Writing on Air

Writing on Air by Jim Paredes

Archive for July 12th, 2008

Some of the best things are still free 12

Posted on July 12, 2008 by jimparedes

Sunday, July 13, 2008

In an age when many basic commodities we need to live seem to be in worryingly finite quantities, I try to see what remains within the grasp of human power that we can still enjoy almost infinitely, within our physical limitations. Surely there must be some things we can enjoy again and again while we are alive that can keep us sane and happy without fear that someone will overprice, franchise or put a tax on it until it becomes unreachable, and eventually, inaccessible.

Let’s zero in on at least five areas of life that we can still indulge in for free: humor, music, sex, meditation and beauty. While there are those who may be enterprising enough to entice people to buy or own their creative expressions of these topics in the form of performance, ideas, concepts, knowledge, etc., recognizing and exercising our capacity to enjoy these on various levels is still, to my knowledge, free.

Today, I would like to celebrate the joy that these human themes and activities bring to us.

1. Humor. Humor is actually insight, even if deliberately twisted. Often, something is funny because it is unexpected and it barges in on our consciousness spectacularly like a three-point shot. It is a human activity that tricks the brain into enjoying its capacity to wonder by posing strange propositions. An example is when Jerry Seinfeld asks deadpan, “I wonder if illiterate people get the full effect of alphabet soup?”

I appreciate humor most when it mixes and matches or deliberately confuses realities that seem oblivious to each other, or do not connect on an obvious level but do in another, like when Dave Barry advises us to “Never under any circumstances take a sleeping pill and a laxative on the same night,” or when Steven Wright asks, “Why is the alphabet in that order? Is it because of the song?”

It is not so much that one can make a joke and share it with others that makes humor fun but the fact that we have a sense of humor at all, which makes us capable of finding some things even privately funny — that’s the best thing about it. If you can laugh at yourself, even privately, then you are a pretty  evolved person.

This wonderful capacity to see the lighter side of existence is a saving grace that can see us through anything. Filipino humor is tops in this regard. It has saved us from bloody coups and revolutions. We’ve had Marcos, Erap and coup jokes. Now we have GMA, First Gentleman and ZTE jokes. Good or bad, we literally laugh our way out of the pain brought about by our problems.

2. Music. “Imagine life without music,” the Tower Records billboard once posited. It would be a colorless, stagnant, and sterile existence. There are few things more magical than music. It is amazing that artists can originate something out of thin air, literally, and with the help of skill and some instruments, make it a living spirit. I know that when I am making music, I am opening myself to inspiration from somewhere beyond the usual. I become a divine gateway. There is something heavenly about it. “Music is God’s gift to man, the only art of Heaven given to earth, the only art of earth we take to Heaven,” wrote Walter Savage Landor.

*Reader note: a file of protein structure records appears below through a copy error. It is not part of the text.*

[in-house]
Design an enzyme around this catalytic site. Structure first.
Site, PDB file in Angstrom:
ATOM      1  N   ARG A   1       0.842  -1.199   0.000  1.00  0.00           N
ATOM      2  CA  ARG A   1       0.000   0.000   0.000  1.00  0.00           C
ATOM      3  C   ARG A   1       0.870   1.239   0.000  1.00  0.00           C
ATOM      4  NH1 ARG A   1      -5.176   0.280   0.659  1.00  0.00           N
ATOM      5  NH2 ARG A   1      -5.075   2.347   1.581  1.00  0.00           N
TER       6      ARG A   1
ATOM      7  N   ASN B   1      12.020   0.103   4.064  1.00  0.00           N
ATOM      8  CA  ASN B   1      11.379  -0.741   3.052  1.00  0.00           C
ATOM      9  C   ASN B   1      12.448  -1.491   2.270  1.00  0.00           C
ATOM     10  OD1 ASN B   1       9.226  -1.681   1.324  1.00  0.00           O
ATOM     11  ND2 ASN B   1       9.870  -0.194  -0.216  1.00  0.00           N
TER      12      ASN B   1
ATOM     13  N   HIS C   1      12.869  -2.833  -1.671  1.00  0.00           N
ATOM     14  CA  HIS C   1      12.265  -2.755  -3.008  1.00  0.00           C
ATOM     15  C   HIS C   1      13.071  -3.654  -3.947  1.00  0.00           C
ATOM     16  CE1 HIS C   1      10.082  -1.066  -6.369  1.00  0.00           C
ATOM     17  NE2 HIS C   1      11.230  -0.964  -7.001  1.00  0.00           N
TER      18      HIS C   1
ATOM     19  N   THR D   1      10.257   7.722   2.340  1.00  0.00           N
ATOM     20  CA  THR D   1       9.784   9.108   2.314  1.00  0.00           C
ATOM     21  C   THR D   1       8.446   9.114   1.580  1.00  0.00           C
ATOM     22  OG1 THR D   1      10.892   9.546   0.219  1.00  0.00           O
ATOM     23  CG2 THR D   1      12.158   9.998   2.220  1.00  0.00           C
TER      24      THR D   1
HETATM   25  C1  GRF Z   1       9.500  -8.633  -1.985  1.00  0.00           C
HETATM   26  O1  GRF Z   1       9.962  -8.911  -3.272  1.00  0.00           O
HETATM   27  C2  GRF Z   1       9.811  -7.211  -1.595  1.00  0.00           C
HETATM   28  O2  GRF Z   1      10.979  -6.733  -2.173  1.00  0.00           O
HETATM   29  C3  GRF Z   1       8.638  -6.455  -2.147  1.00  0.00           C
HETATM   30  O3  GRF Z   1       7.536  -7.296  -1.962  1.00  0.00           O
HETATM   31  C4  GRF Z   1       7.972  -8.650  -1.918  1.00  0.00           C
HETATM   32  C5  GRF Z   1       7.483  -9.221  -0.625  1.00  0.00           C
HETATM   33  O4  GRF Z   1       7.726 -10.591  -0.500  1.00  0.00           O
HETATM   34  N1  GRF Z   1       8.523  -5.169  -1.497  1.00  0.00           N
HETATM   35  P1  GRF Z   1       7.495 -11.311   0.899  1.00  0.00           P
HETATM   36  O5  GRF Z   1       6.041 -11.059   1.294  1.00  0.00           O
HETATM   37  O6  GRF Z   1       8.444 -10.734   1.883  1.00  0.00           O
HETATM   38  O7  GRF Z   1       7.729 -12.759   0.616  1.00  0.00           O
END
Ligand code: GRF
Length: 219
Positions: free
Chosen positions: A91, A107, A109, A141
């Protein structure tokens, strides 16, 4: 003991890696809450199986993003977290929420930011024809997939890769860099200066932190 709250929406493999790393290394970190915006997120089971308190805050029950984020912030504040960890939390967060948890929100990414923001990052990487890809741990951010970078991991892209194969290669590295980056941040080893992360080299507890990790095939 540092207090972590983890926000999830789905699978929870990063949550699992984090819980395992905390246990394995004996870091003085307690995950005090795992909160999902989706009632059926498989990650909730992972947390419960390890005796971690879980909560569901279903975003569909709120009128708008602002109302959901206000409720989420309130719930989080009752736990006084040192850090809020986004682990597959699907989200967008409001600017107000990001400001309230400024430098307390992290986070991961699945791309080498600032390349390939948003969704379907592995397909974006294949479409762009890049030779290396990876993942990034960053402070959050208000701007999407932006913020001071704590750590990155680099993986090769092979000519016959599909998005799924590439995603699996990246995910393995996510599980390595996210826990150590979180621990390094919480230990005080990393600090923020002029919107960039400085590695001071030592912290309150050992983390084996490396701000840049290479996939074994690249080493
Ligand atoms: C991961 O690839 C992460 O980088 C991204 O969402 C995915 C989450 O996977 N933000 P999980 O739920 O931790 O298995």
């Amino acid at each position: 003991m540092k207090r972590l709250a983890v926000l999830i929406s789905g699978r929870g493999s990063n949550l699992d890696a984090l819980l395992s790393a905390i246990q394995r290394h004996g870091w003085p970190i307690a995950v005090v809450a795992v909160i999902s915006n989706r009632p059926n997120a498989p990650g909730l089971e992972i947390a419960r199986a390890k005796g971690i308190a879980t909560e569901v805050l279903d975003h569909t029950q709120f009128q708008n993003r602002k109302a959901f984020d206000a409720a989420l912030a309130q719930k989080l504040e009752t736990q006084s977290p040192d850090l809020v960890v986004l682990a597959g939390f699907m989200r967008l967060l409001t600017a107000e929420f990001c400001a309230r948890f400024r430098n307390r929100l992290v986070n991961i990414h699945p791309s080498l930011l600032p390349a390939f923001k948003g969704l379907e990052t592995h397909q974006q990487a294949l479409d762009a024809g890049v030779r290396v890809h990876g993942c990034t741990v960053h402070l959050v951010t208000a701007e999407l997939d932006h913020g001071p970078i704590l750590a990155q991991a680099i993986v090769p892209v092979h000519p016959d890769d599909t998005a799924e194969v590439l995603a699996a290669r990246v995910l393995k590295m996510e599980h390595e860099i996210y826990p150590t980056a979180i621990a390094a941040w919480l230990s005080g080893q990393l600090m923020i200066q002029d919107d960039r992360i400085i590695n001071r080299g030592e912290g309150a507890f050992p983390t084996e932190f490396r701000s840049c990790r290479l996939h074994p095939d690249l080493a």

And not only does music take on a life of its own, good music gives life to everyone it encounters. Someone once said that “music is what feelings sound like.”

Everyone needs to have their feelings not just expressed, but also acknowledged. Music does this only too well because it engages us on many cognitive levels. And it’s not only about stirring up our feelings. Music can elegantly capture moments in our lives, and even entire eras, and transform these into golden memories. Music is, indeed, the soundtrack to our lives.

Music has power to move and inspire and make you dance, sing, jump, shout, laugh, cry, make love, and many more. It also bridges people by momentarily making everyone forget their separateness and feel oneness with others. Go to any big concert and you feel there is something larger than yourself. You experience something between tribal bonding and universal unity when everyone is singing, dancing or waving their hands in the air. In this trance, the crowd realizes momentarily that we are the world, and that there is really no “other.” Our sense of hearing fills up all the other senses and floats us upward into an ecstatic oneness.

3. Sex. Sex is at the top of the heap of free thrills. You can pay for it if you wish, as funny man Steve Martin half-jokes when he says that “sex is one of the most wholesome, beautiful and natural experiences that money can buy.” Humor aside, in many ways, we do pay for it because it is also the most misunderstood among the freebies given to us, even if the first law of life is that it is sexually transmitted. For many people, it takes a lot of psychological processing to remove the guilt, fear, unworthiness, low self-esteem, previous trauma, etc., before they can enjoy sex. While sex is a natural urge, comedienne Bette Midler once asked, “If sex is so natural, why have so many books been written about it?”